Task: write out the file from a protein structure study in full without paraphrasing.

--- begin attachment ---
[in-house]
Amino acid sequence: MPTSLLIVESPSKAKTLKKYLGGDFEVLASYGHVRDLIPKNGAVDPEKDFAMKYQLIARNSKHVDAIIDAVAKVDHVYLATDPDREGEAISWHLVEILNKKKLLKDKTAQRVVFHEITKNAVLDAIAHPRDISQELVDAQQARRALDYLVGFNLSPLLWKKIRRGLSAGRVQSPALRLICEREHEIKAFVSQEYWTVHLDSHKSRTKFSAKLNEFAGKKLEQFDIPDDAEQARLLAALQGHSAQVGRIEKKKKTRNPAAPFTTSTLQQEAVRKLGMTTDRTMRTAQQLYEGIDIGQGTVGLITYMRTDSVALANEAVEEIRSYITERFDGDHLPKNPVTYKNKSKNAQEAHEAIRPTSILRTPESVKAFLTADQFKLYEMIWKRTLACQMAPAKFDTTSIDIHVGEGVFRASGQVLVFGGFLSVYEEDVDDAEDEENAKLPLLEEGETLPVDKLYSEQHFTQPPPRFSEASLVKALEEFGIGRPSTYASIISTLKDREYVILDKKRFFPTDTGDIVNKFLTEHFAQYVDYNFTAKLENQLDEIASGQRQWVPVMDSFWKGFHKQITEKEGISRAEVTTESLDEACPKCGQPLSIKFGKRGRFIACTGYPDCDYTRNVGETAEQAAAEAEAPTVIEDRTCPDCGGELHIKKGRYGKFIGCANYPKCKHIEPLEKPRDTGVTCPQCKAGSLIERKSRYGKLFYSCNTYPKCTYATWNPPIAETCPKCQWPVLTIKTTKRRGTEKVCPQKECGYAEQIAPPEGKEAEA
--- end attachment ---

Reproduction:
[in-house]
Amino acid sequence: MPTSLLIVESPSKAKTLKKYLGGDFEVLASYGHVRDLIPKNGAVDPEKDFAMKYQLIARNSKHVDAIIDAVAKVDHVYLATDPDREGEAISWHLVEILNKKKLLKDKTAQRVVFHEITKNAVLDAIAHPRDISQELVDAQQARRALDYLVGFNLSPLLWKKIRRGLSAGRVQSPALRLICEREHEIKAFVSQEYWTVHLDSHKSRTKFSAKLNEFAGKKLEQFDIPDDAEQARLLAALQGHSAQVGRIEKKKKTRNPAAPFTTSTLQQEAVRKLGMTTDRTMRTAQQLYEGIDIGQGTVGLITYMRTDSVALANEAVEEIRSYITERFDGDHLPKNPVTYKNKSKNAQEAHEAIRPTSILRTPESVKAFLTADQFKLYEMIWKRTLACQMAPAKFDTTSIDIHVGEGVFRASGQVLVFGGFLSVYEEDVDDAEDEENAKLPLLEEGETLPVDKLYSEQHFTQPPPRFSEASLVKALEEFGIGRPSTYASIISTLKDREYVILDKKRFFPTDTGDIVNKFLTEHFAQYVDYNFTAKLENQLDEIASGQRQWVPVMDSFWKGFHKQITEKEGISRAEVTTESLDEACPKCGQPLSIKFGKRGRFIACTGYPDCDYTRNVGETAEQAAAEAEAPTVIEDRTCPDCGGELHIKKGRYGKFIGCANYPKCKHIEPLEKPRDTGVTCPQCKAGSLIERKSRYGKLFYSCNTYPKCTYATWNPPIAETCPKCQWPVLTIKTTKRRGTEKVCPQKECGYAEQIAPPEGKEAEA